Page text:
What’s an impasse cracker? It is one of those tactics seasoned negotiators pull out when bargaining seems hopelessly deadlocked to create an agreement. FEDSMILL.com has listed ten of our favorites for you to consider and use.
Think back to a tough negotiation you went through; focus particularly on the last few hours. The parties had probably tossed several rounds of counter-proposals at one another over weeks of bargaining, neither side was moving significantly, folks were angry, and the only option seemed to be to turn the dispute over to the impasse neutral to make the decision for the parties. You weren’t sure whether the other side was as worried as you about what could be lost or were they delighted to be rolling the dice for a chance to win big with a proposal that could really hurt you.
Experienced negotiators recognize that moment as the time to try one last idea to get a deal. Typically, those ideas look like one of the following six ways of cracking an impasse.
PILOT OR TEST— Management wants to implement something big now and the union does not. So, consider implementing a pilot; that enables management to at least show that the change is underway. Suggest that the change goes into effect for 90, 180 or even 365 days in a limited portion of the unit; data be generated throughout the pilot that both parties get; and that the union gets to reopen negotiations if management wants to expand the pilot at its conclusion.
If you can’t sell management on implementing the change for only a portion of the unit, then get the right to reopen negotiations after a short period of time. If management will not agree to a reopener after a set number of days, tie the reopener to the achievement of milestones. For example, if management alleges that the change will be saving employees one hour a day within three months, propose that you can reopen if that does not happen after 90 days. Or propose that the change be suspended if it is not meeting milestones.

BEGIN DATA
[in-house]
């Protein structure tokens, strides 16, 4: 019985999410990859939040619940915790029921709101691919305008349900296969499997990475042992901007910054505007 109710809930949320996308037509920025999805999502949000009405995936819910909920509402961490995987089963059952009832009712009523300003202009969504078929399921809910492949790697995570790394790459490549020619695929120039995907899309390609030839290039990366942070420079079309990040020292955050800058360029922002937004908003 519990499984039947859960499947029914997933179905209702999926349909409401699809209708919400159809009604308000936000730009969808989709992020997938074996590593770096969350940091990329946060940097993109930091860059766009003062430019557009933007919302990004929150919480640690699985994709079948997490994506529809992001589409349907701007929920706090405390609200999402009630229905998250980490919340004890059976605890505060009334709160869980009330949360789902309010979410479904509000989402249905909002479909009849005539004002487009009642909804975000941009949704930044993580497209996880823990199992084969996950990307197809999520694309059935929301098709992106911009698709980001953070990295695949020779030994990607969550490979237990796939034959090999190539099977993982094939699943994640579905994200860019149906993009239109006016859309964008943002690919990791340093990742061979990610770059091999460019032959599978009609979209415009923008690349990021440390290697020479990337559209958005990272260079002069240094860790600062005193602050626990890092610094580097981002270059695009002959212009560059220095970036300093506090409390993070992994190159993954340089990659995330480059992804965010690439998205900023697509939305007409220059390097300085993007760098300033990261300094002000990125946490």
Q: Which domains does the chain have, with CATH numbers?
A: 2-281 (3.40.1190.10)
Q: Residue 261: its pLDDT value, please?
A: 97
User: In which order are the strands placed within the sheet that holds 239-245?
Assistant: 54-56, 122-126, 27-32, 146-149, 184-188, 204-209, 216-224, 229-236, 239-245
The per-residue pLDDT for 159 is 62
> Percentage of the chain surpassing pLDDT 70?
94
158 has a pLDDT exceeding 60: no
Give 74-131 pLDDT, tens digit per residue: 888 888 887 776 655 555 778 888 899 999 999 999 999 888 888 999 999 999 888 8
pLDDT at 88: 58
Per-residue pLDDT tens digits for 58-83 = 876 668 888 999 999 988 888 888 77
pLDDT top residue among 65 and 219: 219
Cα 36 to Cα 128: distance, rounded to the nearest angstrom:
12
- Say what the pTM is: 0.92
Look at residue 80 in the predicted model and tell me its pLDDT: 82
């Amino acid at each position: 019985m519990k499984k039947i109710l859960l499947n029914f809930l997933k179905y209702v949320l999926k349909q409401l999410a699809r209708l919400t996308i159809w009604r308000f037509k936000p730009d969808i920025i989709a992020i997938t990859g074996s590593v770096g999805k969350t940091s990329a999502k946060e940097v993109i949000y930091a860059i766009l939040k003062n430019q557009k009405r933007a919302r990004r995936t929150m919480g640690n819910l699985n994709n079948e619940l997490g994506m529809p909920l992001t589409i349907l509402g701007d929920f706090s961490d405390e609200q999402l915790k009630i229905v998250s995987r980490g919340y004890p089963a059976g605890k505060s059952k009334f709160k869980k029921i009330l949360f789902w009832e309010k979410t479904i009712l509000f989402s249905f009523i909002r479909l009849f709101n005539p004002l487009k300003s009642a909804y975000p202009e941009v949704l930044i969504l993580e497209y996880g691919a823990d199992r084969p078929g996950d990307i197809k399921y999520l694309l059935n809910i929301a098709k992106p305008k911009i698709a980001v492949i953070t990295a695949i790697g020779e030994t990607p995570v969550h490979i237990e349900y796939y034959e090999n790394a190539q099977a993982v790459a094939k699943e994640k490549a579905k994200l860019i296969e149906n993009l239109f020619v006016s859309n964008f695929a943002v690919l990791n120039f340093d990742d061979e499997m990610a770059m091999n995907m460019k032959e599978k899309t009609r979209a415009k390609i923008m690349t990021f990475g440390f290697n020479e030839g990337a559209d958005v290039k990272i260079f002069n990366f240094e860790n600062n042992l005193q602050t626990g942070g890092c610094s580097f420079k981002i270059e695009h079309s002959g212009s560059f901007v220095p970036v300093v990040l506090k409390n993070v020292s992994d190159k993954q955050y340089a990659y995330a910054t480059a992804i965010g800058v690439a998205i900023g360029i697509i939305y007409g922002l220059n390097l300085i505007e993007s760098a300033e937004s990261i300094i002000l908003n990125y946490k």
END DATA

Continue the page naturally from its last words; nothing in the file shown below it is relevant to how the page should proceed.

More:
SIMULATION— Think about a simulation if the change can be implemented alongside the current practice without impacting the employee. For example, if management wants to implement a new appraisal system, propose that it can do so but must continue the old one as well and at the end of the appraisal year the parties will examine the results. Armed with better data they will bargain once again before final implementation and replacement of the old practice. The data also may enable you to show that the change is not worth the effort and cost—or that it is actually costing more than it saves. That sets the union up to whistleblow or to attract media attention.
CONDUCT AN AUDIT— Let management implement in exchange for lots of data about how the change works and its impact. The odds are that if the change is examined closely you will find aspects about which management never gave the union advanced specific notice. That enables you to file a ULP charge and seek to undo the change through a status quo ante order.
DANGLE A DIFFERENT DEAL— Step outside the scope of the issues you have been discussing and propose that the union will accept management’s offer on the details of the proposed change, but demand something in return—even if it is totally unrelated. You cannot insist to impasse on a concession in an unrelated area, but you can “dangle the opportunity for a voluntary deal” at any time. And never let management forget that the union has the right to initiate a mid-term change proposal just like it does. Toss in an example of a demand or two you are on the edge of initiating.